Home » Belfast judge says parts of the UK’s migrant deportation law shouldn’t apply to Northern Ireland

Belfast judge says parts of the UK’s migrant deportation law shouldn’t apply to Northern Ireland

LONDON (AP) — The United Kingdom’s law to deport asylum-seekers shouldn’t apply in Northern Ireland, because parts of it violate human rights protections, a Belfast judge ruled Monday.

The Illegal Migration Act was incompatible with the European Convention on Human Rights and undermines rights provided in the Good Friday peace agreement of 1998, High Court Justice Michael Humphreys said.

U.K. Prime Minister Rishi Sunak said that the government would appeal the judgment.

The law is central to Sunak’s contentious plan to deport some migrants to Rwanda, but it wasn’t immediately clear what impact the ruling would have on that initiative.

While the prime minister’s office said the ruling wouldn’t derail or delay Rwanda deportations that the U.K. government says will begin in July, a lawyer whose client prevailed in bringing the case said the law wouldn’t apply in Northern Ireland.

“This is a huge thorn in the government’s side,” attorney Sinéad Marmion said. “There’s a huge obstacle in the way of them being able to actually implement that in Northern Ireland now.”

The law was created to deter thousands of migrants who risk their lives crossing the English Channel to claim asylum in the U.K. by creating the prospect that they would be sent to the east African country. It allows those who have arrived illegally to be deported to a “safe” third country where their claims can be processed.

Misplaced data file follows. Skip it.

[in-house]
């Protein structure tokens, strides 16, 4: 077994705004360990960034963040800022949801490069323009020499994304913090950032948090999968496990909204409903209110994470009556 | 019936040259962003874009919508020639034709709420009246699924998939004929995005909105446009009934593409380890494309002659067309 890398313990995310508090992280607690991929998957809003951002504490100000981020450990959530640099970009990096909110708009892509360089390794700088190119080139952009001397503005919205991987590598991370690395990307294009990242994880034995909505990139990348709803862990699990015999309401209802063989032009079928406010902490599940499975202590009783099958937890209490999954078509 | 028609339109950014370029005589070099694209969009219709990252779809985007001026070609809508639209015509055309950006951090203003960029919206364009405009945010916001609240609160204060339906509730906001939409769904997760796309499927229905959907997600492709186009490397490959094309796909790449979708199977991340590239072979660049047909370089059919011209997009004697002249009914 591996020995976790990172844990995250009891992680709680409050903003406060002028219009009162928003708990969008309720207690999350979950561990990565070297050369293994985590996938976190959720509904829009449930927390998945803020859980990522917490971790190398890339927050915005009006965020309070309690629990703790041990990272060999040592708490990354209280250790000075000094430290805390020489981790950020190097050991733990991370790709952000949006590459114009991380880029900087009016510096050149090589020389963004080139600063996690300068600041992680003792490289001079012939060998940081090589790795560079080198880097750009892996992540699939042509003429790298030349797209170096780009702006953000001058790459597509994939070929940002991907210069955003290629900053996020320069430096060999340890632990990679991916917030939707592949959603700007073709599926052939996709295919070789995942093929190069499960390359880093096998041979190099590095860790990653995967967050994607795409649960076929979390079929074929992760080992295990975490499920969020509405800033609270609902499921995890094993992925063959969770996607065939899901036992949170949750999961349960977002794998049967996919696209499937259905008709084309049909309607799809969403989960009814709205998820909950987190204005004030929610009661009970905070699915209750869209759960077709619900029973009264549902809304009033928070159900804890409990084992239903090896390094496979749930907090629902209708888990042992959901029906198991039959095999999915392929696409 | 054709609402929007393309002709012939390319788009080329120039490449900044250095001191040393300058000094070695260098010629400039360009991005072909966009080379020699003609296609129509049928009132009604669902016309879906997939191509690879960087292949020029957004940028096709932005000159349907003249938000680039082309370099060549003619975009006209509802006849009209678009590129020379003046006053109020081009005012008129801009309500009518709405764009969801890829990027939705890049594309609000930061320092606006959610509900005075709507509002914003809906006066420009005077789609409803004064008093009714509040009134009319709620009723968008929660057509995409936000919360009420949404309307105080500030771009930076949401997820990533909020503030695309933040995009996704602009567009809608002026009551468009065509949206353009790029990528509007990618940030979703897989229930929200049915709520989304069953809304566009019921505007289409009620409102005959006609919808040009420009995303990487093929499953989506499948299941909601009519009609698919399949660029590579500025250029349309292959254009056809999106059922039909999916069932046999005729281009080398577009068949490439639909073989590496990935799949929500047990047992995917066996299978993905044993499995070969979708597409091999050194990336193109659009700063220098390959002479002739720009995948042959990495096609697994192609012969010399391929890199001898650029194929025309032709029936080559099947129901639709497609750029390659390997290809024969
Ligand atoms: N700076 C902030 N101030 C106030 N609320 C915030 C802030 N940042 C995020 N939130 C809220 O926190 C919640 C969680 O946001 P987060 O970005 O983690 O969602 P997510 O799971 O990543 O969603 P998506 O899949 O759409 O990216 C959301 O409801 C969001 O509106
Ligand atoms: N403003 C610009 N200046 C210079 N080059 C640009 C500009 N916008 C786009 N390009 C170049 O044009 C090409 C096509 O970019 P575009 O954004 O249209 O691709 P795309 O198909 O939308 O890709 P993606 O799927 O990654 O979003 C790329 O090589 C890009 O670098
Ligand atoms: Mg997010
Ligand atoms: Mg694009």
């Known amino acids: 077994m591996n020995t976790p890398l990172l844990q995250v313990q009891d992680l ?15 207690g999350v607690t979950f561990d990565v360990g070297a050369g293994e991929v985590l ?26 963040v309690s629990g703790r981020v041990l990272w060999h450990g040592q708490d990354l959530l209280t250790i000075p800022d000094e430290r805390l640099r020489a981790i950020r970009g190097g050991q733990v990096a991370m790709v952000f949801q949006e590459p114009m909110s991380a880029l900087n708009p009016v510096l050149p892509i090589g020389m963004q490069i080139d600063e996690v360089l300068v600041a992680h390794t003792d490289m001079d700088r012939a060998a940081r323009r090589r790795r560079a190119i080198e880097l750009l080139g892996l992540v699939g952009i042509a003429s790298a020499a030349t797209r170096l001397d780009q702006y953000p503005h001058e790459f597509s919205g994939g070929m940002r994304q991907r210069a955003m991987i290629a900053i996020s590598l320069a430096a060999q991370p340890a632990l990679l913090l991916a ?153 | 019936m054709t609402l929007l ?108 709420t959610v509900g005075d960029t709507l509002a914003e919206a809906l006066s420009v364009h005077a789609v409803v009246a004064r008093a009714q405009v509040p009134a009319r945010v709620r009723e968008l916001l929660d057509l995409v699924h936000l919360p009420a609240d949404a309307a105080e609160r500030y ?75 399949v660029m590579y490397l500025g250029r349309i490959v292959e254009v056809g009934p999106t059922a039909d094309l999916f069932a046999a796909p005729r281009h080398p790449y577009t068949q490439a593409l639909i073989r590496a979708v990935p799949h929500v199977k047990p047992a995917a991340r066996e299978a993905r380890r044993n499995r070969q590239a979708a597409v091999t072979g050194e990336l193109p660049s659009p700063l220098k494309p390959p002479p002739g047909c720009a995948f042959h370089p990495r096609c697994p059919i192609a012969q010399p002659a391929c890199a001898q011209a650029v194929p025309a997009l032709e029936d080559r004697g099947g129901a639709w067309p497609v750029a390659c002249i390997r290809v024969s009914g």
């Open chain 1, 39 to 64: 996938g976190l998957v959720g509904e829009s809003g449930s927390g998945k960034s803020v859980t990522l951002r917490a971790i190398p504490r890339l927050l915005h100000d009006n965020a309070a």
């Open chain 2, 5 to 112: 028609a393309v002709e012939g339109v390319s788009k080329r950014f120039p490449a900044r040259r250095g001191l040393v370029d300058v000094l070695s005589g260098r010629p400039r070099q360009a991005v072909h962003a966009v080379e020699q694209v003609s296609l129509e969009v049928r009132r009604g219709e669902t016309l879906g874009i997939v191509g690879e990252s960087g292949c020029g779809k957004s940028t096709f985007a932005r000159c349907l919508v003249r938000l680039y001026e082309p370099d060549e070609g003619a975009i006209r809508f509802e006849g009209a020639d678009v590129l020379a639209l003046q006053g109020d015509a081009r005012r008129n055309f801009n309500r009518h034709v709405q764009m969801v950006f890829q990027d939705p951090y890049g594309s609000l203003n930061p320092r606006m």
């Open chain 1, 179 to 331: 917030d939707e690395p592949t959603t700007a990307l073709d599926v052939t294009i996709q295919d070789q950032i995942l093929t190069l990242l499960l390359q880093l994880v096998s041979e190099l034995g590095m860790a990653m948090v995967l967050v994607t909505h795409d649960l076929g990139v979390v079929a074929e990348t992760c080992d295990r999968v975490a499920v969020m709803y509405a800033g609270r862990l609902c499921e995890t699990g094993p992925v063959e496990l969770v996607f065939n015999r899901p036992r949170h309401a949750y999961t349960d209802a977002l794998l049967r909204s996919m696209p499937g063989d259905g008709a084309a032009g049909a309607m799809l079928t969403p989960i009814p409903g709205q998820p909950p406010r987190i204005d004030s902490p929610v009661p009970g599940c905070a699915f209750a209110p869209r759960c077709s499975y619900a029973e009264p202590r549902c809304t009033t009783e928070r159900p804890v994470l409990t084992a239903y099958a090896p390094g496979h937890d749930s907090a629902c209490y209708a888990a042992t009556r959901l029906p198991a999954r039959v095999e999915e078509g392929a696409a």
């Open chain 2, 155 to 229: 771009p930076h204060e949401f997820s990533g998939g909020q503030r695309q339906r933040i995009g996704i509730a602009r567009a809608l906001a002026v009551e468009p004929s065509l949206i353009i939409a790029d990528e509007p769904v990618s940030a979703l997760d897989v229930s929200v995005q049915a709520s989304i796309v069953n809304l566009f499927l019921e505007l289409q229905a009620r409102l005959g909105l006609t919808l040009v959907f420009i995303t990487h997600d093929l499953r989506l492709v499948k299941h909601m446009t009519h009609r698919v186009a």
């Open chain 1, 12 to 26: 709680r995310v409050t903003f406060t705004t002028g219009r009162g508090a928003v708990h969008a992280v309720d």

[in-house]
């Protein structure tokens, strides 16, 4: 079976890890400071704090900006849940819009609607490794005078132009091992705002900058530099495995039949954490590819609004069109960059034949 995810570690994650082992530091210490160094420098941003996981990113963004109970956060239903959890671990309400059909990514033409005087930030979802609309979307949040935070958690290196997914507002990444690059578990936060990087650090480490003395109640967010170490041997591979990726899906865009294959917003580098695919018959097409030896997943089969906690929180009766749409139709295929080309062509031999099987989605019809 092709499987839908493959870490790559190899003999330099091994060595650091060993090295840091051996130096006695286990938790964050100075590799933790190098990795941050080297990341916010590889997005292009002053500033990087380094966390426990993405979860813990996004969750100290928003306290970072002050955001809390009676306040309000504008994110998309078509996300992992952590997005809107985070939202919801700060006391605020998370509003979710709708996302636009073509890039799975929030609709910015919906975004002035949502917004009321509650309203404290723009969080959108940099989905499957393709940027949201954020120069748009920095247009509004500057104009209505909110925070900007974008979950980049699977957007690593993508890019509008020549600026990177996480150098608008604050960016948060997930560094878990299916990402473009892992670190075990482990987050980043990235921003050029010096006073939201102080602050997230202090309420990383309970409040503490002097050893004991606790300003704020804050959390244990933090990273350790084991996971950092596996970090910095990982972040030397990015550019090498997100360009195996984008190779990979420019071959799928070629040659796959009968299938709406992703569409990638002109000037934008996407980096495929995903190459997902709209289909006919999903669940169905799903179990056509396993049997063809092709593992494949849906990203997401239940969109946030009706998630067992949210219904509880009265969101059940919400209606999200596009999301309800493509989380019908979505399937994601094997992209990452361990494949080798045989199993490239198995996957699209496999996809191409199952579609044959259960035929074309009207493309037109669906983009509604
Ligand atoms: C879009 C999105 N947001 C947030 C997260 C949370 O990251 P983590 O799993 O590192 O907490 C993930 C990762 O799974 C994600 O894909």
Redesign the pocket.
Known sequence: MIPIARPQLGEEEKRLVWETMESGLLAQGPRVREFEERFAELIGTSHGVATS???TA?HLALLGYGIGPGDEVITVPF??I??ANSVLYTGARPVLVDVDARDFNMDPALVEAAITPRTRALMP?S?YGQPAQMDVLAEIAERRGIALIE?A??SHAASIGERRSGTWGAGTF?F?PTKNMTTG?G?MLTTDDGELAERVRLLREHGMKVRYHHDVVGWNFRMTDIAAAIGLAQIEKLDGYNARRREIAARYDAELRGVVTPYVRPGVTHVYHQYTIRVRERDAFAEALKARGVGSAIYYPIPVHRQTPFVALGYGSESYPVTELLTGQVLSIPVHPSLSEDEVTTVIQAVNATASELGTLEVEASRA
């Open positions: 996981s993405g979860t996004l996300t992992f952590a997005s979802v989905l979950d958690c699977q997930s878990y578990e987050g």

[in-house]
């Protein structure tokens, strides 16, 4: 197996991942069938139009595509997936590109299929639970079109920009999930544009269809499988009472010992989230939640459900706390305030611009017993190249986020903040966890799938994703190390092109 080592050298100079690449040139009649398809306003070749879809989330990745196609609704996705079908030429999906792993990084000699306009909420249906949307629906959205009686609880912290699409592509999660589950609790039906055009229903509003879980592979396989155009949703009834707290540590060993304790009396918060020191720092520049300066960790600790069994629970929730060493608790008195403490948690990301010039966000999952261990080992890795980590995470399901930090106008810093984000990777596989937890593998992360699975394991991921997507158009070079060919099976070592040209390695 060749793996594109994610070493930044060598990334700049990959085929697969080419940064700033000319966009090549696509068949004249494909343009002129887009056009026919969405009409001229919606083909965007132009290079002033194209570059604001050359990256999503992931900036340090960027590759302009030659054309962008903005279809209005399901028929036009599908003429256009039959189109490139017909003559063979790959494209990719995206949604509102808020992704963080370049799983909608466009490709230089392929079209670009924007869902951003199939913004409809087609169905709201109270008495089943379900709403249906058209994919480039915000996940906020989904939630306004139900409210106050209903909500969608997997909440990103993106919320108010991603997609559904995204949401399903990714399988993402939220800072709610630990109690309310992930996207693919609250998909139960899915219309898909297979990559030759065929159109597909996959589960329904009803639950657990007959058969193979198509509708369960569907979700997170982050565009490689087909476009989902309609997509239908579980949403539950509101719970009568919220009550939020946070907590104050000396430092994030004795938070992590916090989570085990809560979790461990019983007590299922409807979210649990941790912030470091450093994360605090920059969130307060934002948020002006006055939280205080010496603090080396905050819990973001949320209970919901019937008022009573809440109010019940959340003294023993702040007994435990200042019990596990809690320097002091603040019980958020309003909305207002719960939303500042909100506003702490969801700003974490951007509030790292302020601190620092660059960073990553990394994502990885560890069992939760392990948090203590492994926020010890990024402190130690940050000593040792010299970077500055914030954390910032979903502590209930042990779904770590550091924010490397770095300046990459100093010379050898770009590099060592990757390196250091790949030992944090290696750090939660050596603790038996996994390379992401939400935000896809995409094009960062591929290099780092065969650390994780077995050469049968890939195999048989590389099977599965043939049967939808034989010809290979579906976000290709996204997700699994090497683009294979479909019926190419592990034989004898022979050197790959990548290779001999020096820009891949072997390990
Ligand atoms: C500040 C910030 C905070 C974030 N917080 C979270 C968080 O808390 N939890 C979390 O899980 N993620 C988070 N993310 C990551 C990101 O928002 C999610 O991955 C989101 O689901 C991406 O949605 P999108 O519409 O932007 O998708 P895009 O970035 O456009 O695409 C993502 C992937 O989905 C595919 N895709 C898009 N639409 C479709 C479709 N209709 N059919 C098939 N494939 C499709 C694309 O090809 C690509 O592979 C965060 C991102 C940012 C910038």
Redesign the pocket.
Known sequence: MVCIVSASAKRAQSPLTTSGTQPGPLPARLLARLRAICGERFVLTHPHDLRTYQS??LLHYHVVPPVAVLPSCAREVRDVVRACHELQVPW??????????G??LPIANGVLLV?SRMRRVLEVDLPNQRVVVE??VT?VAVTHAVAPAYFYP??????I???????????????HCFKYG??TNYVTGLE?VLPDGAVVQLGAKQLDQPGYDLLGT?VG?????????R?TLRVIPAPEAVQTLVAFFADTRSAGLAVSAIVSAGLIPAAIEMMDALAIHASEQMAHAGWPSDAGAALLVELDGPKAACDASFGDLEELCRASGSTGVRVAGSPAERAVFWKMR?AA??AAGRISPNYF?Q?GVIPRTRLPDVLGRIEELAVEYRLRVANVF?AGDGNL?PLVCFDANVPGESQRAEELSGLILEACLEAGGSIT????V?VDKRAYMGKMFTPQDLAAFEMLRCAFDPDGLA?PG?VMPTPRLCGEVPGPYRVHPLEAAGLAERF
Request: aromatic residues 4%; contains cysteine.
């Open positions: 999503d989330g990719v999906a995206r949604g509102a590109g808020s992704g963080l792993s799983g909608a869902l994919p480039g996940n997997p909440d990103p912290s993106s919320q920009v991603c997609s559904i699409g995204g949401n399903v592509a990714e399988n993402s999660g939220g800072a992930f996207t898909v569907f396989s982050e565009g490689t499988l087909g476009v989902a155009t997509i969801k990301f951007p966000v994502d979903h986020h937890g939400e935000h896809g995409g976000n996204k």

While the U.K. Supreme Court struck down flights to Rwanda, because it said that the nation was unsafe, a subsequent bill pronounced the country safe, and that makes it harder for migrants to challenge deportation. It also allows the U.K. government to ignore injunctions from the European Court of Human Rights that seek to block removals.

Humphreys found that parts of the law violated human rights protections of a post-Brexit deal signed between the U.K. and European Union last year. That agreement, known as the Windsor Framework, said that it must honor the peace accord that largely brought an end to the Troubles — 30 years of violence between British unionists and Irish nationalists.

The leader of the Democratic Unionist Party said that the U.K. government had been repeatedly warned that its immigration policy wouldn’t apply in Northern Ireland, because it was incompatible with the post-Brexit agreement with the E.U.

“Whilst today’s judgment does not come as a surprise, it does blow the government’s irrational claims that the Rwanda scheme could extend equally to Northern Ireland completely out of the water,” DUP Leader Gavin Robinson said.

Sunak said that the Good Friday agreement wasn’t intended to be “expanded to cover issues like illegal migration.”

The law was challenged by the Northern Ireland Human Rights Commission and a 16-year-old Iranian boy who crossed the English Channel last year without any parents and claimed asylum in the U.K. The boy, who is living in Northern Ireland, said he would be imprisoned or killed if he’s sent back to Iran.

The judge placed a temporary stay on the ruling until later this month.

___

Follow AP’s coverage of migration issues at https://apnews.com/hub/migration